The Lesser Lights Come Out in Iowa

With the Democratic stars biding their time, a mayor, a congressman, a senator, and a businessman commit to a big progressive holiday party in Des Moines.

South Bend, Indiana, Mayor Pete Buttigieg is one of several lesser-known prospective presidential candidates heading to Iowa for a notable Democratic event in December. (Reuters / Joshua Roberts)

The real action of the 2020 Democratic presidential campaign has gotten off to a slightly slower start than most insiders expected—the political world was full of speculation that someone might announce by Thanksgiving, or at least by the week after. Neither happened.

That’s left room for some of the lesser-known hopefuls to try to grab some of the spotlight before the bigger stars show up.

Their first big stop in Iowa, home of the caucuses: the Progress Iowa annual holiday party, coming up December 20 in downtown Des Moines. Headlining it this year will be South Bend, Indiana, Mayor Pete Buttigieg, Oregon Senator Jeff Merkley, Representative Eric Swalwell of California, and Andrew Yang, a businessman.

Organizers invited several better-known candidates, but were told that they weren’t ready to make the leap of going to Iowa and push the speculation into overdrive.

It won’t be the first time in Iowa for any of these prospective candidates, and it’s looking like it won’t be the last, with the Democratic field seeming to be in the accordion phase of politician after politician looking up and saying, “Hey, why not me?”

But the liberal political-activist group has developed a knack in its short, six-year history for being an early stop for mostly unknown Democrats who’ve then splashed into the presidential field: Bernie Sanders was the main guest in 2014 ahead of his last presidential run, and Jason Kander was the main guest in 2016, on the way from transforming from a losing Missouri Senate candidate into a nationally known Democrat who was, at one point, expected to make a presidential run of his own for 2020. And that’s made it a key stop for presidential speculation: Last year, New York City Mayor Bill de Blasio used his own appearance at the event to stir the pot that he might be making yet another play for national politics—though this attempt, like his previous ones, never quite materialized.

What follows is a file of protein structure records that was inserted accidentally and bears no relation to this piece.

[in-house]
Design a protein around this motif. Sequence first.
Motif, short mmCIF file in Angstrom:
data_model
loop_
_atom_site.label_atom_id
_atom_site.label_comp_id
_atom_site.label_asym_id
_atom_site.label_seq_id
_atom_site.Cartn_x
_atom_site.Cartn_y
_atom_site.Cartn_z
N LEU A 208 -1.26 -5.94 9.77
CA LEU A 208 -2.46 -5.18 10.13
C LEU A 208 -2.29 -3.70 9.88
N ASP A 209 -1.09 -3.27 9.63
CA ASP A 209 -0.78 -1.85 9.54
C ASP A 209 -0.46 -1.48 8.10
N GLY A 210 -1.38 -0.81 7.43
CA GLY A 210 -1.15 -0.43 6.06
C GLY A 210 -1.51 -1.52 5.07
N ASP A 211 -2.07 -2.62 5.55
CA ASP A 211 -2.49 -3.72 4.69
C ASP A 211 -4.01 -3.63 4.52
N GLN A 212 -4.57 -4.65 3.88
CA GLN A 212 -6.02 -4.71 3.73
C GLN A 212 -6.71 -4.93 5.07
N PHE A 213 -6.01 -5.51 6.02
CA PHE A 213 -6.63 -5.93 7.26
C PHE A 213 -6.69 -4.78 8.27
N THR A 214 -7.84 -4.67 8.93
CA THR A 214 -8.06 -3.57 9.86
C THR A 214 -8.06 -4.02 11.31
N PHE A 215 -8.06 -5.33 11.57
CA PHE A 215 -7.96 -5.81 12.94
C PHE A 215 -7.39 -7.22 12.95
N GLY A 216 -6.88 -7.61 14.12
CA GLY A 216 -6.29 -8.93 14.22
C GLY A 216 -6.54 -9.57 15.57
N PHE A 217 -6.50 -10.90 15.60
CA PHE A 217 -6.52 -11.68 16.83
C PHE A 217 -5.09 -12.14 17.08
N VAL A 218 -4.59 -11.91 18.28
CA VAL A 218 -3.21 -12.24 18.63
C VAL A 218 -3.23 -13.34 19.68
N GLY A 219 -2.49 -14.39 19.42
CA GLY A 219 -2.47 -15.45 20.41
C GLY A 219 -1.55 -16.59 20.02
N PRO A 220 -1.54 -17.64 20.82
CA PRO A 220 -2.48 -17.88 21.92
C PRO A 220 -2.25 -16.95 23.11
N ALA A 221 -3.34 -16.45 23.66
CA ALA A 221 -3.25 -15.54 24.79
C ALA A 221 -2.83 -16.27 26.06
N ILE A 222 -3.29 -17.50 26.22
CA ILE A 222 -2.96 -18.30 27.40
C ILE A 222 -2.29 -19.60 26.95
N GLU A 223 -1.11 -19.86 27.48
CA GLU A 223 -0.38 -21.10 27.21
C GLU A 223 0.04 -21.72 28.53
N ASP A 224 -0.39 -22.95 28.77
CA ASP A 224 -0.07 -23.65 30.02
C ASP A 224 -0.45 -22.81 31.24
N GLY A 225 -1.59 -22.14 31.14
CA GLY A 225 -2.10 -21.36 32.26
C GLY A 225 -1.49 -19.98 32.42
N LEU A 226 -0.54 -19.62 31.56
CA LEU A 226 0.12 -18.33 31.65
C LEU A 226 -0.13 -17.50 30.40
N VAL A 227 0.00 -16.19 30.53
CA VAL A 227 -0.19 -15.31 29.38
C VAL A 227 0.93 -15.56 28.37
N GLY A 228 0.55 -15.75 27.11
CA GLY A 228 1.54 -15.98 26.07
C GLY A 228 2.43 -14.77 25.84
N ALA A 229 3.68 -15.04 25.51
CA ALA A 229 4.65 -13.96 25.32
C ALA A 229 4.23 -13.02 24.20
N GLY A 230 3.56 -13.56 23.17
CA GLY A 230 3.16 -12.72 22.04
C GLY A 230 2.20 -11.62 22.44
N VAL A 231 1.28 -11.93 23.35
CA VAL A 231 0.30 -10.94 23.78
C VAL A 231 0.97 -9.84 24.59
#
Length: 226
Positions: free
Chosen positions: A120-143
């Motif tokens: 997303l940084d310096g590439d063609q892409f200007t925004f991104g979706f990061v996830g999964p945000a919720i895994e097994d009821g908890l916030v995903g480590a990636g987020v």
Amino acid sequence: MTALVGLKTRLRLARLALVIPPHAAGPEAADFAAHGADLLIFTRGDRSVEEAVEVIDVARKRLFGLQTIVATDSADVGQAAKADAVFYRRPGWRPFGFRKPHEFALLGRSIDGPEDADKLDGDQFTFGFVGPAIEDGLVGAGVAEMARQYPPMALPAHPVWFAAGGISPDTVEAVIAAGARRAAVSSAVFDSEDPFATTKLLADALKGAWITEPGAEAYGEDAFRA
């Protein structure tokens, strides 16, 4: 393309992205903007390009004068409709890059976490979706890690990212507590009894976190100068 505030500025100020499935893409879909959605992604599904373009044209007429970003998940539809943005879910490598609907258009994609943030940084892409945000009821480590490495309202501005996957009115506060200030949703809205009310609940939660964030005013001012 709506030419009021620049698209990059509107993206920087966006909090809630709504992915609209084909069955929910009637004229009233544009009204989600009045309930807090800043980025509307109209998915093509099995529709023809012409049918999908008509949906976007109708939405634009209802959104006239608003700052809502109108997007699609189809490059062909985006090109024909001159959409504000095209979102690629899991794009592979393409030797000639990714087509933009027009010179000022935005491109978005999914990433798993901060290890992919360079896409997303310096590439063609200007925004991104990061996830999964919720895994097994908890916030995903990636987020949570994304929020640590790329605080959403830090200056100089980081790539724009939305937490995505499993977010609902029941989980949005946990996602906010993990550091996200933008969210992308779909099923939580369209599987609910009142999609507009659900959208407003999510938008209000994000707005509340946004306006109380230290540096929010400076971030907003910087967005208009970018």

“It’s going to be a fun night and provide a lot of energy for progressives after the midterm election,” said Matt Sinovic, executive director of Progress Iowa.

Other likely candidates are making mostly behind-the-scenes moves, such as hiring staffers and preparing the legal paperwork for the presidential exploratory committees that will allow them to officially start fund-raising. The only other substantive action so far: Tom Steyer, a billionaire environmental and impeachment activist, has been launching a website; former New York Mayor Mike Bloomberg has scheduled a screening of a climate-change movie in Iowa for Tuesday; and New Jersey Senator Cory Booker is heading to New Hampshire next weekend for an event celebrating local Democrats. Meanwhile, Bernie Sanders released a new book on Tuesday, and on Thursday, Elizabeth Warren will deliver a very hustings-sounding speech, “Foreign Policy That Works for All Americans,” at American University.

At this point, though, Buttigieg, Swalwell, Merkley, and Yang are names that not even most Democratic activists know, but all of them are convinced that the current political moment is so topsy-turvy that there might be an opening for (in order) a small-city Millennial mayor who’s both an Army vet and openly gay, a liberal Northwest senator who’s mostly focused on behind-the-scenes coalition building, a third-term California congressman who’s turned his role on the committee investigating Russia into daytime-cable-news stardom, and a guy who talks about robots and universal basic income but has never run for anything before.

[Read: Biden stumps in Iowa as he ponders 2020.]

A month from now, there will almost certainly be more candidates ready to publicly toe the line. A year from now, there could be four times as many. And in about 15 months, the Iowa caucuses will begin winnowing however many make it to that point in what’s likely to be the most tumultuous race Democrats have ever seen.

“With this lineup,” Sinovic said, “we know we’ll be fired up heading into the new year.”